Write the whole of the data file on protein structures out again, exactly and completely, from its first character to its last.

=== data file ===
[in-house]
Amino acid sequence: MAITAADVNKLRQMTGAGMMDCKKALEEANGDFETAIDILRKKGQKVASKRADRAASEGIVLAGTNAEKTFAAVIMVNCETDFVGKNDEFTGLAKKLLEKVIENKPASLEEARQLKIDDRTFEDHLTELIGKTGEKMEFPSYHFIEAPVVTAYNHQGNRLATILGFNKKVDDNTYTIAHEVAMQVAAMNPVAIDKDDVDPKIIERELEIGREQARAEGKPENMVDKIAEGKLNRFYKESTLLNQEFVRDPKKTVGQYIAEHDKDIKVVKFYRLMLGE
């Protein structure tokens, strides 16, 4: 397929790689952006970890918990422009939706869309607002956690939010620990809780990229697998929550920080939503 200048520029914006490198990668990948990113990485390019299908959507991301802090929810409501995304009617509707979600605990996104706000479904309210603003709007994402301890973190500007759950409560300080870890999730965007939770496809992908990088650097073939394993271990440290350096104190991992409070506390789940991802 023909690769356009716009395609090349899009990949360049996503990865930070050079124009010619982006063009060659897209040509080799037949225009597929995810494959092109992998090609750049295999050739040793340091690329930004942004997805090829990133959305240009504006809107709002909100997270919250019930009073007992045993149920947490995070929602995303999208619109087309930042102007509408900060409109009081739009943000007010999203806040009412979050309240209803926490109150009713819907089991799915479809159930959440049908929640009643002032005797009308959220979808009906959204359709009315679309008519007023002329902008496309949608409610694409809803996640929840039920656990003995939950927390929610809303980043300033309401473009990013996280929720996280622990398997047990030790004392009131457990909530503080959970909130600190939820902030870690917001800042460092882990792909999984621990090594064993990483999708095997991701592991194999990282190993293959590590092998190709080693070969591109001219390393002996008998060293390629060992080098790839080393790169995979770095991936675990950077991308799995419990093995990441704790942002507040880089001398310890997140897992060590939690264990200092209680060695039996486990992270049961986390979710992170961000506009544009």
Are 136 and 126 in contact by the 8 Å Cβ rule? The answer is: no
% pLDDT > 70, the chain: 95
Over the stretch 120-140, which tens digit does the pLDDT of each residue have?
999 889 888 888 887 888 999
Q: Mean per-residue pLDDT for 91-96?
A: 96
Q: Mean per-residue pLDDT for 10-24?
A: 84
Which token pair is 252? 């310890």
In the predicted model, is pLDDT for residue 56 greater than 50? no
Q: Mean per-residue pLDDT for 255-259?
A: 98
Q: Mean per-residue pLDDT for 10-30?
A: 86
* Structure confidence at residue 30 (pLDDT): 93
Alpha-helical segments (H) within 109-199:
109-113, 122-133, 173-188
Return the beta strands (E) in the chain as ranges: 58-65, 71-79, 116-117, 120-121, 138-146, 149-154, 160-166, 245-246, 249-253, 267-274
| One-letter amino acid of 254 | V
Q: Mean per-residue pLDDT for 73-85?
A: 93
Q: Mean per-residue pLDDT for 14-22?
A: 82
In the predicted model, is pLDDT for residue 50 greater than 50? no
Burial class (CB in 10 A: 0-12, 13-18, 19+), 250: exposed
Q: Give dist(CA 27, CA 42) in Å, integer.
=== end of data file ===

[in-house]
Amino acid sequence: MAITAADVNKLRQMTGAGMMDCKKALEEANGDFETAIDILRKKGQKVASKRADRAASEGIVLAGTNAEKTFAAVIMVNCETDFVGKNDEFTGLAKKLLEKVIENKPASLEEARQLKIDDRTFEDHLTELIGKTGEKMEFPSYHFIEAPVVTAYNHQGNRLATILGFNKKVDDNTYTIAHEVAMQVAAMNPVAIDKDDVDPKIIERELEIGREQARAEGKPENMVDKIAEGKLNRFYKESTLLNQEFVRDPKKTVGQYIAEHDKDIKVVKFYRLMLGE
């Protein structure tokens, strides 16, 4: 397929790689952006970890918990422009939706869309607002956690939010620990809780990229697998929550920080939503 200048520029914006490198990668990948990113990485390019299908959507991301802090929810409501995304009617509707979600605990996104706000479904309210603003709007994402301890973190500007759950409560300080870890999730965007939770496809992908990088650097073939394993271990440290350096104190991992409070506390789940991802 023909690769356009716009395609090349899009990949360049996503990865930070050079124009010619982006063009060659897209040509080799037949225009597929995810494959092109992998090609750049295999050739040793340091690329930004942004997805090829990133959305240009504006809107709002909100997270919250019930009073007992045993149920947490995070929602995303999208619109087309930042102007509408900060409109009081739009943000007010999203806040009412979050309240209803926490109150009713819907089991799915479809159930959440049908929640009643002032005797009308959220979808009906959204359709009315679309008519007023002329902008496309949608409610694409809803996640929840039920656990003995939950927390929610809303980043300033309401473009990013996280929720996280622990398997047990030790004392009131457990909530503080959970909130600190939820902030870690917001800042460092882990792909999984621990090594064993990483999708095997991701592991194999990282190993293959590590092998190709080693070969591109001219390393002996008998060293390629060992080098790839080393790169995979770095991936675990950077991308799995419990093995990441704790942002507040880089001398310890997140897992060590939690264990200092209680060695039996486990992270049961986390979710992170961000506009544009």
Are 136 and 126 in contact by the 8 Å Cβ rule? The answer is: no
% pLDDT > 70, the chain: 95
Over the stretch 120-140, which tens digit does the pLDDT of each residue have?
999 889 888 888 887 888 999
Q: Mean per-residue pLDDT for 91-96?
A: 96
Q: Mean per-residue pLDDT for 10-24?
A: 84
Which token pair is 252? 């310890």
In the predicted model, is pLDDT for residue 56 greater than 50? no
Q: Mean per-residue pLDDT for 255-259?
A: 98
Q: Mean per-residue pLDDT for 10-30?
A: 86
* Structure confidence at residue 30 (pLDDT): 93
Alpha-helical segments (H) within 109-199:
109-113, 122-133, 173-188
Return the beta strands (E) in the chain as ranges: 58-65, 71-79, 116-117, 120-121, 138-146, 149-154, 160-166, 245-246, 249-253, 267-274
| One-letter amino acid of 254 | V
Q: Mean per-residue pLDDT for 73-85?
A: 93
Q: Mean per-residue pLDDT for 14-22?
A: 82
In the predicted model, is pLDDT for residue 50 greater than 50? no
Burial class (CB in 10 A: 0-12, 13-18, 19+), 250: exposed
Q: Give dist(CA 27, CA 42) in Å, integer.